Yankees ace Gerrit Cole has been caught up in a lawsuit involving the Angels and a fired clubhouse manager for the team after attorneys for Brian “Bubba” Harkins submitted a text message, allegedly from Cole, in Orange County (Calif.) Superior Court on Thursday, according to reports, including one in the Los Angeles Times.
“Hey Bubba, it’s Gerrit Cole, I was wondering if you could help me out with this sticky situation,” the pitcher, then with the Astros wrote on Jan. 17, 2019, adding a wink emoji, according to the reports. “We don’t see you until May, but we have some road games in April that are in cold weather places. The stuff I had last year seizes up when it gets cold.”
Harkins, who was fired in March after the Angels were informed that a Major League Baseball investigation had found he was providing banned substances to pitchers to enhance their grip on the baseball, filed a defamation suit against the Angels and MLB in August. The team and the league filed a motion in November to dismiss the suit. In response to that motion, which claimed the 55-year-old Harkins was being used as a “scapegoat,” his attorneys submitted evidence, including the text.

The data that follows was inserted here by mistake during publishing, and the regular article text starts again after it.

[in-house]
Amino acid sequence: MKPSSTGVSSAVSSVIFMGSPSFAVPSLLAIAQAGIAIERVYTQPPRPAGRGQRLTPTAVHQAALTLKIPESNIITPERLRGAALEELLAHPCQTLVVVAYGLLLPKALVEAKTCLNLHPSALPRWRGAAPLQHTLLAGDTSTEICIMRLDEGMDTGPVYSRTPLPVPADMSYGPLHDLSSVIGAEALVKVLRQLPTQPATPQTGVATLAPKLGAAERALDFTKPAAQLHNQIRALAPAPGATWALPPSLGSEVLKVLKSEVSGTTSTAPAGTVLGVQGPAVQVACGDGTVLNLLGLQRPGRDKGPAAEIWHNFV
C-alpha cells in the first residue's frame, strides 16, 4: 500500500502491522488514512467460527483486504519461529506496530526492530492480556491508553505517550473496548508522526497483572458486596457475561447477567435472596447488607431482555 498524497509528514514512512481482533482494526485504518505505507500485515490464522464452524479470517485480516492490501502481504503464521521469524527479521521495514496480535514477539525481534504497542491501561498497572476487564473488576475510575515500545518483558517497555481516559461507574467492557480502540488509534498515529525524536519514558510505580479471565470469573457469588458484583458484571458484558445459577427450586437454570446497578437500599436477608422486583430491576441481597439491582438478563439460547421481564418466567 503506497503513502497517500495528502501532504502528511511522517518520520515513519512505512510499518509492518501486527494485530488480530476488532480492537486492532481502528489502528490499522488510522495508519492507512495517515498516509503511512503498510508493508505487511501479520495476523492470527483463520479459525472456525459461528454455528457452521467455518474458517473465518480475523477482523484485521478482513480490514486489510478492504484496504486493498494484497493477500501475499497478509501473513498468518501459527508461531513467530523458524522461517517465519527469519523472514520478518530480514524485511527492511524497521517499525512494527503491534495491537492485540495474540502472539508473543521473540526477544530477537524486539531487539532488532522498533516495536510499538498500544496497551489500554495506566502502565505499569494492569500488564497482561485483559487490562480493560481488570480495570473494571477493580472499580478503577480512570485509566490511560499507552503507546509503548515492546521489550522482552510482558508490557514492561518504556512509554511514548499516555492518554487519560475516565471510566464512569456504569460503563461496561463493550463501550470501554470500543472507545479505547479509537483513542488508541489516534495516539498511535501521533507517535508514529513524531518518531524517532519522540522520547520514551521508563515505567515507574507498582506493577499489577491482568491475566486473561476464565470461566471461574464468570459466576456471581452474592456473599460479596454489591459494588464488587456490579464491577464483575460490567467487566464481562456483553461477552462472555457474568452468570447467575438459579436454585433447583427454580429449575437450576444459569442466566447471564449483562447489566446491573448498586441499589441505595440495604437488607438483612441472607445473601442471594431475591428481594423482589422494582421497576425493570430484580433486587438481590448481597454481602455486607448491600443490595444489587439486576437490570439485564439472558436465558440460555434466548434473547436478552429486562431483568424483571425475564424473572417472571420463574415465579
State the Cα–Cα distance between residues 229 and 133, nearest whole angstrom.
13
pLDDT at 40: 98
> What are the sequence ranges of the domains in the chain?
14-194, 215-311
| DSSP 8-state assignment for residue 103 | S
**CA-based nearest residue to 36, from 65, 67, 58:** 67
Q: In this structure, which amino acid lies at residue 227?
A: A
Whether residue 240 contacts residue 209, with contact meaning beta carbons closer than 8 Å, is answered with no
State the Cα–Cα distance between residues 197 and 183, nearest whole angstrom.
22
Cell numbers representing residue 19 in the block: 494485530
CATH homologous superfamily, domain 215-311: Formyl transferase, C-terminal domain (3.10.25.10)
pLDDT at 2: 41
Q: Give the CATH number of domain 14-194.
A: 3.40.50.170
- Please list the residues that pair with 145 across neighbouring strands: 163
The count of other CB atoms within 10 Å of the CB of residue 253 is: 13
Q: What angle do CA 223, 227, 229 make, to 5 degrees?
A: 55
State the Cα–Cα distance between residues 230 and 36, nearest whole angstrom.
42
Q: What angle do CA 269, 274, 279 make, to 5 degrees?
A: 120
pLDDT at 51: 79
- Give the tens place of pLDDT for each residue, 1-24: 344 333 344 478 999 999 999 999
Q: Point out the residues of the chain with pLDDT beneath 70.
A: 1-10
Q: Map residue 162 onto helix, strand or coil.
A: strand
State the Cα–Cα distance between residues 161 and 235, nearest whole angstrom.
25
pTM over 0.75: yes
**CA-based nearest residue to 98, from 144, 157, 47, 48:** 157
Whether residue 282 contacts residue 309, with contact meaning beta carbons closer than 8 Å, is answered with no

The origin of that information has not been verified and could be in question. More than a dozen other pitchers were also mentioned — both Angels and visitors — in the suit as having used the substance provided by Harkins. Pitchers have used similar substances through the years, but MLB has sought to crack down on the practice.
Last year, Trevor Bauer wrote in The Players’ Tribune that he was suspicious of how pitchers on the Astros teams Cole pitched for had improved their spin rate so dramatically.
“When I see a guy go from being a good pitcher for one team and spinning the ball at 2,200 rpm, to spinning the ball at 2,600 or 2,700 in Houston, I know exactly what happened,” Bauer wrote.
Bauer never mentioned Cole’s name in the story. The Post’s Joel Sherman asked Cole about the issue in February, after he signed a nine-year, $324 million deal with the Yankees. Cole did not respond to Bauer’s story, but regarding the notion the Astros were better at creating a sticky product or teaching how to use that product, Cole repeated three times, “No.”
In response to the L.A. Times story, Bauer wrote on Twitter, “It’s almost like it did exist. Wow. The more you know… how crazy.”
View original post